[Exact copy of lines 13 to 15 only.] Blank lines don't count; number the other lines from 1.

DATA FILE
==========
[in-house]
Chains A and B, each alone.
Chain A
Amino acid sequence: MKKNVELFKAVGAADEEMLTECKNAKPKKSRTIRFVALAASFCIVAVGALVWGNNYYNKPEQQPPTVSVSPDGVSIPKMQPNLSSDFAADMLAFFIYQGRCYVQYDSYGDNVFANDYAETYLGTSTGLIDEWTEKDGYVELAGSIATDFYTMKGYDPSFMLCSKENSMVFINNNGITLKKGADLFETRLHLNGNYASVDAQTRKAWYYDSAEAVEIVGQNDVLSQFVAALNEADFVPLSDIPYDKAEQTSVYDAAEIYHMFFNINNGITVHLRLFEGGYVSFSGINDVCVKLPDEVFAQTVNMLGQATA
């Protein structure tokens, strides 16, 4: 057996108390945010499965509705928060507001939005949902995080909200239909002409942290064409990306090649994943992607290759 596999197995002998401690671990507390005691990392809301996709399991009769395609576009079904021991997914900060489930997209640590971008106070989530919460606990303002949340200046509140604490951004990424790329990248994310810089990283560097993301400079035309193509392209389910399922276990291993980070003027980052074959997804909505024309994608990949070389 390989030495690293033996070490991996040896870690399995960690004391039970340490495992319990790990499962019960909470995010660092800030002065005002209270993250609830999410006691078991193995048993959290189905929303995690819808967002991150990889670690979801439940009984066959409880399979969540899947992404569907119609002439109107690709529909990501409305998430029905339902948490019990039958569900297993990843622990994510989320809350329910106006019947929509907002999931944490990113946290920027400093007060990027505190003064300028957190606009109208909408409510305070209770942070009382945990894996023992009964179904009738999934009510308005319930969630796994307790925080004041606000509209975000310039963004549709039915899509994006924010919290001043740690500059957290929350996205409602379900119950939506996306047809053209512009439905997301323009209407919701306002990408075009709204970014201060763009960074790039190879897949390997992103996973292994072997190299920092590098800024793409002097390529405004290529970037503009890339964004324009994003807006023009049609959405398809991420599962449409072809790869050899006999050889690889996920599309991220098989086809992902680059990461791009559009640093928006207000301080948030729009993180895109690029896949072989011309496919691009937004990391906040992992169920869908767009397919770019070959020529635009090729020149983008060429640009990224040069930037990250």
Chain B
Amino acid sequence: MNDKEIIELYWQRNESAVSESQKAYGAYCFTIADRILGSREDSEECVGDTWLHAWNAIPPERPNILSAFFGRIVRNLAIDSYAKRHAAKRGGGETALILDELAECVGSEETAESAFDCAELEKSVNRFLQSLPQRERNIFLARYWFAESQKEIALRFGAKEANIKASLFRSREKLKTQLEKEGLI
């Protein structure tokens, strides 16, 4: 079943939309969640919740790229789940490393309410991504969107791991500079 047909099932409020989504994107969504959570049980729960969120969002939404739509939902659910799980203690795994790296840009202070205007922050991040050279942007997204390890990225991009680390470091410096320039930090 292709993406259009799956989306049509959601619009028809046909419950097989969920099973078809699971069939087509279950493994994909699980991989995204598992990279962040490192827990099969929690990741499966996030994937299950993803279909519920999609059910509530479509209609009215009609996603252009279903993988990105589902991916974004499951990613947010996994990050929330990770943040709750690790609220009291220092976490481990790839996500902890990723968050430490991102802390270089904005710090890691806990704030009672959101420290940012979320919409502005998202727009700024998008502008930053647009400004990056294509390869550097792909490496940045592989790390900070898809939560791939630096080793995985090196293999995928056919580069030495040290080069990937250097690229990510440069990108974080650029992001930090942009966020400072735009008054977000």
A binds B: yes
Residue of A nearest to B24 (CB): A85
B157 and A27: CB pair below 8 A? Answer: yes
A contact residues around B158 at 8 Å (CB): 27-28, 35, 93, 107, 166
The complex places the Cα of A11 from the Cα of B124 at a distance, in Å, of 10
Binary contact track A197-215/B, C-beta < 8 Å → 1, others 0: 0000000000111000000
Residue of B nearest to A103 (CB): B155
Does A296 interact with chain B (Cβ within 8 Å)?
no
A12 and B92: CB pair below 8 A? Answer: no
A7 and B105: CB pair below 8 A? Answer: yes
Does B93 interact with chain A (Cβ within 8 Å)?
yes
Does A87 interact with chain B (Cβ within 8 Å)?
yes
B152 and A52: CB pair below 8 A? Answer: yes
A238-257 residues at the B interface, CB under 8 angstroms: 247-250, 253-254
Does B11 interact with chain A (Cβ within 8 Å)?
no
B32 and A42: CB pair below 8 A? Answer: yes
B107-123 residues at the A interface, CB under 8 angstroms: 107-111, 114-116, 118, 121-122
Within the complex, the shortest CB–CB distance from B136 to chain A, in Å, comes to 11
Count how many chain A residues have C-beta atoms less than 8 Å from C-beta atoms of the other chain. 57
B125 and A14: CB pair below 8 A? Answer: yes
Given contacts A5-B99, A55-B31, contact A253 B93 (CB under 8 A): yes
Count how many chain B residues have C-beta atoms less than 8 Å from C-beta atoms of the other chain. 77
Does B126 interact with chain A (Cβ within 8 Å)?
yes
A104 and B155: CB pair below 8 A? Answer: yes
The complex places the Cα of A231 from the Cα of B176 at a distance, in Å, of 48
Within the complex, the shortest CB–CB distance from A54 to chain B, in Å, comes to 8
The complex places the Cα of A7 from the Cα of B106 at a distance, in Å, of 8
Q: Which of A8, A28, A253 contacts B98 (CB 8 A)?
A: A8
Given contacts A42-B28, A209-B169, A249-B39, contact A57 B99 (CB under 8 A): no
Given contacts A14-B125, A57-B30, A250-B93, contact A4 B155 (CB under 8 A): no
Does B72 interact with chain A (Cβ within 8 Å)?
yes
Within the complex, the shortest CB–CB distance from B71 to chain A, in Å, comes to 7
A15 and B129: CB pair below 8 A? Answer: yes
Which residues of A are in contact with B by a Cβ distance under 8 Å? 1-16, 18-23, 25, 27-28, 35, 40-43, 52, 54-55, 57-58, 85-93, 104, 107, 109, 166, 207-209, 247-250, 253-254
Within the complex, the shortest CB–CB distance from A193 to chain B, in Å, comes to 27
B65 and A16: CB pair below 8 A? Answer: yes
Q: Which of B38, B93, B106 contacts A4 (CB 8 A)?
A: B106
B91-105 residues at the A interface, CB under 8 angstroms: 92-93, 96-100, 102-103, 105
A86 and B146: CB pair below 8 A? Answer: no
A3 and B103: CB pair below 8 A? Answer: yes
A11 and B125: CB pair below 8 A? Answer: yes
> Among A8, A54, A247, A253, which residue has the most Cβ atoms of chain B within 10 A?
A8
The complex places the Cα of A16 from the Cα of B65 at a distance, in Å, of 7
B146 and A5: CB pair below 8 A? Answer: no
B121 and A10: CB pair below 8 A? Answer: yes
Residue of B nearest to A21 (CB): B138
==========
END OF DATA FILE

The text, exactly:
The complex places the Cα of A11 from the Cα of B124 at a distance, in Å, of 10
Binary contact track A197-215/B, C-beta < 8 Å → 1, others 0: 0000000000111000000
Residue of B nearest to A103 (CB): B155